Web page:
The Association of Cosmetic Practitioners of Britain (ACPB) has been approved by the Charities Commission, meaning that it now has official charity status with registered charity number 1184629.
In a statement released by the not-for-profit organisation, which is made up of professionals from both medical and non-medical backgrounds, it explains that one of the key objectives of the charity is to ‘promote health, safety and protection of the general public in the United Kingdom through the developments of the highest standards of practice among non-surgical cosmetic practitioners with special focus on injectables’.
The ACPB also states that it will aim to provide regulation through the maintenance of a voluntary register and advance the education of the general public in the field of non-surgical cosmetic treatments. According to the association, it will create an inspectorate which will monitor and police standards for the public benefit; all visible on an upgraded website, subject to available funding.
As well as this, the ACPB says that it will register non-medical aesthetic practitioners and bind them to a code of conduct which focuses on public safety. It will also feature a complaints and disciplinary procedure that allows for the general public’s information to be used to expel non-competent practitioners, the company explains.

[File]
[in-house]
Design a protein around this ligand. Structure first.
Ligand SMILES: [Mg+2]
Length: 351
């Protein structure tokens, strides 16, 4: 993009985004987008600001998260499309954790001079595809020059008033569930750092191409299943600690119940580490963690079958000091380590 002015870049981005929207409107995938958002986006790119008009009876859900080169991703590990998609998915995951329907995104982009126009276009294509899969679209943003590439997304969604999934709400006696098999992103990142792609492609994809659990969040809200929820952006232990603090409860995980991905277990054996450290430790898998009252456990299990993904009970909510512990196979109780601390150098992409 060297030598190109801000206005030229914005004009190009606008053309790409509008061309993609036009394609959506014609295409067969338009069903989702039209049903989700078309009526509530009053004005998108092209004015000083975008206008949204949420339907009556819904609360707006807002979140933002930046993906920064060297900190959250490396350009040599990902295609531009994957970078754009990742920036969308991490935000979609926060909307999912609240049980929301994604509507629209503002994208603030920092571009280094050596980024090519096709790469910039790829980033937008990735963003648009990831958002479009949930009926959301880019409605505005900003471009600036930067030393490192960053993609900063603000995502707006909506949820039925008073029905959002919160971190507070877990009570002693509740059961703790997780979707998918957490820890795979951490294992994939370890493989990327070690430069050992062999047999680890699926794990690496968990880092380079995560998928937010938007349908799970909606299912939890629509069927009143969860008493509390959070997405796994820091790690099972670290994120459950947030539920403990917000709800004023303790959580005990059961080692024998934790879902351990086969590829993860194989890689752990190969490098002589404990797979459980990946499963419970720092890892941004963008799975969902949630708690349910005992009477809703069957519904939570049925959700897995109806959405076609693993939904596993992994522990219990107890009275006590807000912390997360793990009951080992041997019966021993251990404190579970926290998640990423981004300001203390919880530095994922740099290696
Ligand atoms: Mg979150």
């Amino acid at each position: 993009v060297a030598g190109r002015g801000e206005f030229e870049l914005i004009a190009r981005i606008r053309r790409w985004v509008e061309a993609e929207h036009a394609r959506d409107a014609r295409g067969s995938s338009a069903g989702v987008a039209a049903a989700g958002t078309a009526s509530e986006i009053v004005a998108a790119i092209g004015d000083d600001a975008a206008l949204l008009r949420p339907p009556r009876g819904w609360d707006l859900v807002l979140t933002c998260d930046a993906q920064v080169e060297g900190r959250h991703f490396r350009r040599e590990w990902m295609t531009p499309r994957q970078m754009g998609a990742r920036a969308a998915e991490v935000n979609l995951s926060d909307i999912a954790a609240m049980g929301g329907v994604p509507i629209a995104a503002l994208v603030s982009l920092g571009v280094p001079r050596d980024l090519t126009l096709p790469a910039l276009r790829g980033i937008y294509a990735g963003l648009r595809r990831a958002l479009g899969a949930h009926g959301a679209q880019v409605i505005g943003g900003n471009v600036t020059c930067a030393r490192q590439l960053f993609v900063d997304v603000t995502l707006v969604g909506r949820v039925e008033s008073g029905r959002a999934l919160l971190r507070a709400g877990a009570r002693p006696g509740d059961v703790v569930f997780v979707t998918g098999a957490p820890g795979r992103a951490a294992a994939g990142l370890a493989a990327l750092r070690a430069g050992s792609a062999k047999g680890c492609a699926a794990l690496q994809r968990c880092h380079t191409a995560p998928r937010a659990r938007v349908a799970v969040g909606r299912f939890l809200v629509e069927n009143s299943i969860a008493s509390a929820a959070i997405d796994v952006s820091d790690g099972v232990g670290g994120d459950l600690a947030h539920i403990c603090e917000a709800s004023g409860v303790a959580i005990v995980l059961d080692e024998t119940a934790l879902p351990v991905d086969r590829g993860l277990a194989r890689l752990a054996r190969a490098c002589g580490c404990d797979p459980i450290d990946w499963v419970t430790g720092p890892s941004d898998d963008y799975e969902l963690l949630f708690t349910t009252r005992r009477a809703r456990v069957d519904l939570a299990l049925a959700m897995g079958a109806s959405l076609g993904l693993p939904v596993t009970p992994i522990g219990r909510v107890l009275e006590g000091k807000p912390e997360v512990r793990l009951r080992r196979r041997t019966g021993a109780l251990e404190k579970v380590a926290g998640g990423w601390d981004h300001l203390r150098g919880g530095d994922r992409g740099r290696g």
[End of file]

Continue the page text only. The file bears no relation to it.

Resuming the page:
Maxine Hopley, a founding trustee of the organisation commented, “I can help raise standards, push for licensing and accreditation and provide non-medics with a voice and a vehicle for higher standards, training and support. As a charity we are publicly accountable and independent so the industry can support us and show that this is the best way to have a register, an inspectorate and increased public safety.”
However, a number of medically-qualified aesthetic practitioners, as well as independent accreditation body Save Face, which is accredited by the Professional Standards Authority (PSA), have expressed concern.
Clinical director of Save Face and nurse prescriber Emma Davies said, “The organisation’s recently announced charitable status, unfortunately, does not serve to add to its credibility, nor will it raise public awareness or standards, just by claiming it is its mission to do so. The data Save Face has gathered and continues to gather, illustrates a pattern of behaviours amongst lay people providing these treatments that cannot be addressed merely by the formation of such a register. Government and regulators cannot recommend the public use or trust such a register, unless it achieves accreditation with the PSA.”
The PSA is an independent statutory body for regulators and accredited registers, accountable to Parliament that promotes the health, safety and wellbeing of patients, service users and the public, by raising standards of regulation and voluntary registration of people working in health and care.